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 12-28-2010, 09:27 PM #1 robotsari LQ Newbie   Registered: Jun 2010 Location: boston & sf bay, depending on the day Distribution: ubuntu, rhel, debian Posts: 20 Rep: Discussion - Python List Comprehensions; power set? Hi, I teach an introductory programming class in Python and the staff and I are trying to stump each other with some "challenge" list comprehension problems to give to our students as a fun optional problem. I'd love your take - can you think of any tricky ones? Additionally, we've been debating if you can generate a power set from a single list comprehension. I've come kind of close but always miss a few. Can anyone prove either side of the debate? (it would suffice to be able to generate a near-complete powerset, eg one that omits the empty set [] or generally gives 2**n - 1 elements) Thanks all, I look forward to reading your responses. Sarina
12-30-2010, 01:15 AM   #2
ntubski
Senior Member

Registered: Nov 2005
Distribution: Debian, Arch
Posts: 3,165

Rep:
It kind of depends on how you define a "set":
Quote:
 Suppose that some (possibly countably infinite) universe of discourse for sets is mapped into the non-negative integers. Then a set can be represented as a bit vector; an element is in the set if the bit whose index corresponds to that element is a one-bit. Common Lisp the Language, 2nd Edition 12.7. Logical Operations on Numbers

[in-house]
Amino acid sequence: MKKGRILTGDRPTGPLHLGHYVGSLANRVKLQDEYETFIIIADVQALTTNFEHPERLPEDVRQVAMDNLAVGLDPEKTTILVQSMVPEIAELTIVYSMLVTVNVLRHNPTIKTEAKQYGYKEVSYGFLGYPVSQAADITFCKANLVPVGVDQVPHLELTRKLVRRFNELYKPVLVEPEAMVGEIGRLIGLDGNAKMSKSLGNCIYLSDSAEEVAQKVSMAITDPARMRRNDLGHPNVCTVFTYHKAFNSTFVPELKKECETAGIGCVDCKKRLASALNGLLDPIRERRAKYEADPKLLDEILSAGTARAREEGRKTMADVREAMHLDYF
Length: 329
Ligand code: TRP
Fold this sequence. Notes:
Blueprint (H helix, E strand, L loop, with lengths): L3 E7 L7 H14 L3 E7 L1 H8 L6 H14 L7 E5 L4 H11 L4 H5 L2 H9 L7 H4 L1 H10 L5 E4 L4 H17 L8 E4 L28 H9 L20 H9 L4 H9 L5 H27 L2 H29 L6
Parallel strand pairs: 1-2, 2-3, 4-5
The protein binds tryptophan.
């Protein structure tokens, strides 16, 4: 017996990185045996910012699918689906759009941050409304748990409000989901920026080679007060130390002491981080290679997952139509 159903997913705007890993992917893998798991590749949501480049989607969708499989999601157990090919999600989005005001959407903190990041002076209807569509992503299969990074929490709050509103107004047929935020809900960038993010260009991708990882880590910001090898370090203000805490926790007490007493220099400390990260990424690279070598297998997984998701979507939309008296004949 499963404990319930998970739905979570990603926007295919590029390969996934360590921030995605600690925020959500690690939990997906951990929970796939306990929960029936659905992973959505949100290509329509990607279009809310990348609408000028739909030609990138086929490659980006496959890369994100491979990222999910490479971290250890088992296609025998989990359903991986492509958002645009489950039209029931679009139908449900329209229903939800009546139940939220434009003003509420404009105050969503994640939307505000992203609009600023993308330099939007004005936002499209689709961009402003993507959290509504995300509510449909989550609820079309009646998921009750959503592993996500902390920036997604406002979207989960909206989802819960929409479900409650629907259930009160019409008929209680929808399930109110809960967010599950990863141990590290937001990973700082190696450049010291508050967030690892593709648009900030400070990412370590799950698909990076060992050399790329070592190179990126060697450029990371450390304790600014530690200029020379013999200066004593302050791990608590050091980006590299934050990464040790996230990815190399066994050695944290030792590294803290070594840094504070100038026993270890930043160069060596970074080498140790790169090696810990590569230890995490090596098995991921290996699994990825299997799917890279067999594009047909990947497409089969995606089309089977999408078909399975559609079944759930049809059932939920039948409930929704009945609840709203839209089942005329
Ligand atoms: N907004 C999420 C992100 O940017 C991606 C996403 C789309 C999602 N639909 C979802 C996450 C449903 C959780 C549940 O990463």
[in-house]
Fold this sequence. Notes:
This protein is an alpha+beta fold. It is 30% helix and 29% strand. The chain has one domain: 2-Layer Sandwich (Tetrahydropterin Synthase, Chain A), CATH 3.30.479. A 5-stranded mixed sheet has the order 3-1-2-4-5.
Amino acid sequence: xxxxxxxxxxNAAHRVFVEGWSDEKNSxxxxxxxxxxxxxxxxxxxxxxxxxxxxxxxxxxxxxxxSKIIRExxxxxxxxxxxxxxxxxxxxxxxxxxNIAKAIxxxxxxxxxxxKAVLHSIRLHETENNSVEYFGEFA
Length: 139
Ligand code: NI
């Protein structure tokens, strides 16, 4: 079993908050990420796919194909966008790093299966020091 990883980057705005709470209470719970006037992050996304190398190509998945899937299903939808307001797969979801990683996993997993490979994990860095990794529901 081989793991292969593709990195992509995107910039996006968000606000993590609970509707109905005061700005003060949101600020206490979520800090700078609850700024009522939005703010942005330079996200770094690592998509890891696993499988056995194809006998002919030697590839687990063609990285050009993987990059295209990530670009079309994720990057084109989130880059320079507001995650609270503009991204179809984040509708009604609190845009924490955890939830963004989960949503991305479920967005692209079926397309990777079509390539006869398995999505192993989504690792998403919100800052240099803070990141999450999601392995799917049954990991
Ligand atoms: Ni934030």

So
Code:
` range(2**s)`
gives a power set. If you want the sets explicitly represented as lists a nested list comprehension is required (which probabably doesn't count as a "single list comprehension"):
Code:
```[ [ x for x in range(int(floor(log(max(n,1)) / log(2) + 1))) if (1 << x) & n ]
for n in range(2**5) ]```
Code:
```from math import log, floor

def bits(n):
return int(floor(log(max(n,1)) / log(2) + 1))

def set_from_int(n):
return [ x for x in range(bits(n)) if (1 << x) & n ]

def power_set(s):
return [ set_from_int(n) for n in range(2**s) ]```

 12-30-2010, 11:54 PM #3 robotsari LQ Newbie   Registered: Jun 2010 Location: boston & sf bay, depending on the day Distribution: ubuntu, rhel, debian Posts: 20 Original Poster Rep: Agreed I phrased the problem incorrectly. By "power set" we mean to define the problem as follows: Given a list of numbers my_list = [1, 2, 3, 4], can you give a list comprehension that generates all possible subsets of my_list? So the list comprehension you gave is the basic idea. We have not visited this problem again since I posted the question but will update if one of us thinks of an elegant solution, or comes up with another fun challenge problem.
01-02-2011, 03:46 AM   #4
bgeddy
Senior Member

Registered: Sep 2006
Location: Liverpool - England
Distribution: slackware64 13.37 and -current, Dragonfly BSD
Posts: 1,810

Rep:
Quote:
 Given a list of numbers my_list = [1, 2, 3, 4], can you give a list comprehension that generates all possible subsets of my_list?
I'm not sure if I understand your concept of subsets of the list. The following provides a list of all possible combinations of length between 1 and the length of the list stored as tuples. I use the itertools module to make finding combinations easy and run a nested list comprehension.
Code:
```import itertools
my_list=[1,2,3,4,5]
power_set=[result for number in range(1,len(my_list)+1) for result in itertools.combinations(my_list,number)]
print power_set```
Hope that's useful. Personally I'd tend to use loops when list comprehensions become a bit tricky like this but each to his own.

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